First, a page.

Zero said that he means that the proletariat liberates all of humanity because it encompasses all identities, whether it be color, gender, orientation, etc. Its position within society today and in production give it its historical role. That is why there can be no real liberation if its done within one identity group.

    It is true, there is ultimately nothing new to Avakian's synthesis, or, if they seem new, are not attributable to him. Where the RCP is correct is that we do need a break and a new summation (post-Maoism as Badiou says), but the way they do it is not correct.

    Zerohour also commented that Badiou does not consider himself a Maoist (or Marxist) any longer, or that he simply is not one anymore, but Zero said he was not so sure. I wonder what comrades have to say on this.

  • Guest - JS

    Maybe I can help.

    I've studied Badiou some, read a few of his books and articles, and had some conversations with him at different times. He's had tea at my house. None of that makes me an expert, but I hope it makes me a little bit helpful.

    Badiou's thinking is rooted in mathematics, specifically, in Set Theory, and around this he's build up a whole philosophical system. At one time Badiou was a Maoist, the founder of the UCFML in France. Now he is a leader of the post-Maoist "Political Organization" which has long been involved in the struggle of undocumented workers in France, particularly West Africans.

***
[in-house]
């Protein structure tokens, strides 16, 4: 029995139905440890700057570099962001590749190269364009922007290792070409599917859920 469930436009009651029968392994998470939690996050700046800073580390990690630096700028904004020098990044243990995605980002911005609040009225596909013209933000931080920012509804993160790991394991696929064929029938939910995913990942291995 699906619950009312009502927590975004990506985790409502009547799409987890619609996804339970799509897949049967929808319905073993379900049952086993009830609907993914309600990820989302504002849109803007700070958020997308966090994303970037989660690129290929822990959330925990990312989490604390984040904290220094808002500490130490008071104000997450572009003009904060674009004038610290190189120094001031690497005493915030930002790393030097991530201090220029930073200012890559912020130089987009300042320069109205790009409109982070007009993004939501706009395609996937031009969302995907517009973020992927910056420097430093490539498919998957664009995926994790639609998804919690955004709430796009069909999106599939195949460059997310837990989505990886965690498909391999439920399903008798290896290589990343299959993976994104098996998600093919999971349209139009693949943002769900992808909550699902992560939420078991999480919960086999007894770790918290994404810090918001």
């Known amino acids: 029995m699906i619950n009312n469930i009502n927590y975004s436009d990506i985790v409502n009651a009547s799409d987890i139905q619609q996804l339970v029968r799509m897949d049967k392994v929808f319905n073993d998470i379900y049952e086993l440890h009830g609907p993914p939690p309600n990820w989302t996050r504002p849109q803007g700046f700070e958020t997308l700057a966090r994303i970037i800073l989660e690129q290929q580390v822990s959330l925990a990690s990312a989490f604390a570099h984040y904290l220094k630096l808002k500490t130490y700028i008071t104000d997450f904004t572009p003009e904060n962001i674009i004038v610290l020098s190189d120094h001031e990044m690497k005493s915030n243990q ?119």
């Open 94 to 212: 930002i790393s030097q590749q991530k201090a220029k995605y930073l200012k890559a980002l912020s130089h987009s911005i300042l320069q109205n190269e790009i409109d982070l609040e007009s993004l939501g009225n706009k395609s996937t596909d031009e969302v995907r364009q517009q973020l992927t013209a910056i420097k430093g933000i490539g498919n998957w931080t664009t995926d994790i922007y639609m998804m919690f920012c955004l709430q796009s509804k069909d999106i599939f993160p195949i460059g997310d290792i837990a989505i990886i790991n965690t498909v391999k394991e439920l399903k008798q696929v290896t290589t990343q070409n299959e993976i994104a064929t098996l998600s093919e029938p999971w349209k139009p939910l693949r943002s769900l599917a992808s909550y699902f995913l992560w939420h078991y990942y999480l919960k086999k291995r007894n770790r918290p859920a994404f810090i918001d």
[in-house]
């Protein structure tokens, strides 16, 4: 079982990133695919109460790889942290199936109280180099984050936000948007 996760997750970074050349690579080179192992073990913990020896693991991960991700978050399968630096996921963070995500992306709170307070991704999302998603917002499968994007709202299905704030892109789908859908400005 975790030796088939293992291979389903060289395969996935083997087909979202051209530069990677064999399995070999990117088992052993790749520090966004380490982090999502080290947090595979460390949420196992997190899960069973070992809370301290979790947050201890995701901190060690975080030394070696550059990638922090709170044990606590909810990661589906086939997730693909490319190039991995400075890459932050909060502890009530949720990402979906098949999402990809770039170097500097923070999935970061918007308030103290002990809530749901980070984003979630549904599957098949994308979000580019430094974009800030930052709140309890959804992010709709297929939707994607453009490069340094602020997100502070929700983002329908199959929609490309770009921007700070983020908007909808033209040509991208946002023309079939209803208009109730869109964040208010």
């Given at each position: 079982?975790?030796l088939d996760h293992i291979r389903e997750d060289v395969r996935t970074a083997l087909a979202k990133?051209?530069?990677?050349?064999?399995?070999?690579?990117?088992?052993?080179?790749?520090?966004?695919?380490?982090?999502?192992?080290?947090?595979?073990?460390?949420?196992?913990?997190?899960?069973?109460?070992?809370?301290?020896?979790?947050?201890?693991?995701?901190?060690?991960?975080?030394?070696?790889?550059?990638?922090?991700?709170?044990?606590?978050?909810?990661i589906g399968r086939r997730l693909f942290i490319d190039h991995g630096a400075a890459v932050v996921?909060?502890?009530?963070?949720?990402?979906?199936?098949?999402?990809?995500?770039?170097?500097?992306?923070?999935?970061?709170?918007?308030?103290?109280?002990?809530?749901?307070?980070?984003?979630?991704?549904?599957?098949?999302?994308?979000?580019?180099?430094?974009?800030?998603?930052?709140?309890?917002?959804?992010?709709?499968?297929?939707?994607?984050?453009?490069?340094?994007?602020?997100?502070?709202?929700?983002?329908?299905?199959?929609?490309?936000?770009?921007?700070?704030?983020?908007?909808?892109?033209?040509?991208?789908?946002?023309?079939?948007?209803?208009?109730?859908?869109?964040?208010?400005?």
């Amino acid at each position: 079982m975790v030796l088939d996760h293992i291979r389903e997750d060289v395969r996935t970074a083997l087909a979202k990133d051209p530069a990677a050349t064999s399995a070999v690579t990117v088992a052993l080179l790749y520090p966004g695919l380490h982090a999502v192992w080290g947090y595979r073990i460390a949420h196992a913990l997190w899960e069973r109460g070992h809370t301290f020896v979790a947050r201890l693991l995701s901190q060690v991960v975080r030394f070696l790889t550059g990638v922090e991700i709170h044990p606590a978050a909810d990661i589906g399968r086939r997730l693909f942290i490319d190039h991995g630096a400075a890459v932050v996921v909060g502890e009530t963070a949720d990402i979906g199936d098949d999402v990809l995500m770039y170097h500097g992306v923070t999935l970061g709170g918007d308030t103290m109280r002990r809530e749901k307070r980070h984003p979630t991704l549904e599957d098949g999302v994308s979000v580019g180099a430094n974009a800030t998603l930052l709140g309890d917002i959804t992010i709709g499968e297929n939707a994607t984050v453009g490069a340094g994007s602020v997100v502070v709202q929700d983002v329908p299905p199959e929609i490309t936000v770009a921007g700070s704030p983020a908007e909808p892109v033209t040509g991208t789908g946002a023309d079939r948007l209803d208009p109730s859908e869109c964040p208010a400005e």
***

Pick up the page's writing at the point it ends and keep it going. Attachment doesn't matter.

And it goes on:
Here's a link to one of his articles from his Maoist days: http://comradezero.blogspot.com/2008/03/maoism-of-alain-badiou.html

    All of this stuff about "saturation" and "the generic" are technical philosophical terms that are rooted in his system. By generic, he means something like universality. By saturation, he means a process (based on the fidelity to an event) has reached its end, it has no more truth to tell, like a saturated rag has no more room in it to soak up water, and a new process must begin. When he says the Maoist process is saturated, what he means is that the Cultural Revolution demonstrated the limit of that process in terms of the "Party-State". So post-Maoism means taking those lessons forward, which for him means "politics-without-party" and emancipatory or revolutionary poltics without taking State power.